Robert Smith, lead-singer of iconic post-punk band The Cure, more recently. [Bill Ebbesen/CC BY-SA 3.0]
In terms of longevity, The Cure is now part of a relatively small alumnus of bands still producing solid work in the studio and touring fairly regularly. David Bowie and Scott Walker still do solid work in the studio and they’ve been at it for about ten years longer than Smith. Bob Dylan is still alive, which means he’s still touring. Just five years younger than The Cure, The Melvins have been touring and putting out stellar work since 1983. You could arguably tack on a few more obscure and less steadily productive acts like New Order or Sparks.

That’s like eight bands. There have to be a few major artists not mentioned — but, still, even if you double that number we’re talking about a very small, very special group of people.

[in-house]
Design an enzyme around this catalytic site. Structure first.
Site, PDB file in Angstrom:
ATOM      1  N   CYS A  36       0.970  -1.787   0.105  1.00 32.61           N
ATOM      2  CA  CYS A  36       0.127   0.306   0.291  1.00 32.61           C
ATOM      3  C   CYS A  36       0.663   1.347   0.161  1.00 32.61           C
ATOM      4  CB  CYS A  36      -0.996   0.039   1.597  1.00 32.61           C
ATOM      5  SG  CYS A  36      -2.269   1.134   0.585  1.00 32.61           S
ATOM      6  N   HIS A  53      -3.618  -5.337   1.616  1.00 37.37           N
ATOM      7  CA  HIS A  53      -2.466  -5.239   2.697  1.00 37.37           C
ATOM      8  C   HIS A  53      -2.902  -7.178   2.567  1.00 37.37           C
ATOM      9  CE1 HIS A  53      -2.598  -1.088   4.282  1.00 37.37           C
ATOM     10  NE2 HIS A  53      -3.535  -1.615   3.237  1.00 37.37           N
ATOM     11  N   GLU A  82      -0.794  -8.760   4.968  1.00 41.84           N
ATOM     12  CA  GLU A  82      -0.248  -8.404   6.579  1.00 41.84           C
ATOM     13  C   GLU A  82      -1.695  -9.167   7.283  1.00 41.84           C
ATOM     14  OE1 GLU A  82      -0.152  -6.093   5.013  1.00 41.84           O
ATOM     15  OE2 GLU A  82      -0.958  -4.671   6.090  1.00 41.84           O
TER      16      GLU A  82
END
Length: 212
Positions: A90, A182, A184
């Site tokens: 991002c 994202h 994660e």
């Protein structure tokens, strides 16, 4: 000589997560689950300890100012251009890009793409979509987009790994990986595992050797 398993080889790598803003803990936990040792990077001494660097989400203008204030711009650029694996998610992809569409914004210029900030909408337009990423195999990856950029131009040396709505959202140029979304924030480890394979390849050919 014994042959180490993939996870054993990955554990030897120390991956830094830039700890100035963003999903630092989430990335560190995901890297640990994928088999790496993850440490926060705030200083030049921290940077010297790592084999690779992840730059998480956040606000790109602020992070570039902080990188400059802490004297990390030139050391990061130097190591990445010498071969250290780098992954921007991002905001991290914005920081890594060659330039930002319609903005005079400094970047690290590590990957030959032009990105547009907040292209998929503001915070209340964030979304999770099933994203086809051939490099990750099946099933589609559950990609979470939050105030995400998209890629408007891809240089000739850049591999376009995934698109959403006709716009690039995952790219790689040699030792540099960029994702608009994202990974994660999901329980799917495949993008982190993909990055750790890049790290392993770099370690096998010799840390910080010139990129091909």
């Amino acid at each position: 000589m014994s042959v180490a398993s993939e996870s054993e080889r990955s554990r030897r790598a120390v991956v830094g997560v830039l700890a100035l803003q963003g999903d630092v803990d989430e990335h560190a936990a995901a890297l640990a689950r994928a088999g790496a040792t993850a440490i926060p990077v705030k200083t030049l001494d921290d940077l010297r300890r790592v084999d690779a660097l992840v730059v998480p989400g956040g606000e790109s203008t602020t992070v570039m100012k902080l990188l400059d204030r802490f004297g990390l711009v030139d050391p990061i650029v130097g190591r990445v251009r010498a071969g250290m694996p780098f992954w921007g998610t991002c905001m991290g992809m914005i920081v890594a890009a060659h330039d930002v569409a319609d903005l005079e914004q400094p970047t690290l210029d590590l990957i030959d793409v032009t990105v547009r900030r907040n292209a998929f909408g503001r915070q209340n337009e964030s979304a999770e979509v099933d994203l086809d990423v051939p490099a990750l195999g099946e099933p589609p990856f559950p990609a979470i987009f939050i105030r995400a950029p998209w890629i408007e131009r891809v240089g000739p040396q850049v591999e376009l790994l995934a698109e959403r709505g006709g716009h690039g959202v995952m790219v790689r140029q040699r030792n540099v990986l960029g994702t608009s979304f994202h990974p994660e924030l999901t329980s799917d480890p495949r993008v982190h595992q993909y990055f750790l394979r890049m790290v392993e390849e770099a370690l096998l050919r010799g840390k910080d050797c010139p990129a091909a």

The Cure falls somewhere between Melvins/Bowie/Walker and The Stones/Dylan on the spectrum of continuing creative vitality. The Cure’s best albums are now most definitely at least a quarter century old but the work they’ve done since then has been for the most part totally respectable and even “pretty damn good.” They sound good on their most recent live album Bestival Live 2011.

If they’re coming to a city near you on this tour, it might be worth the price of ticket to go out and see them.

*Robert Smith functioned as a member of Siouxsie & the Banshees during a period in the early 80’s among his many other musical side-projects.

Artwork for the featured image is based off of a classic Disintegration-era Robert Smith photo found on Pinterest. Origin unknown.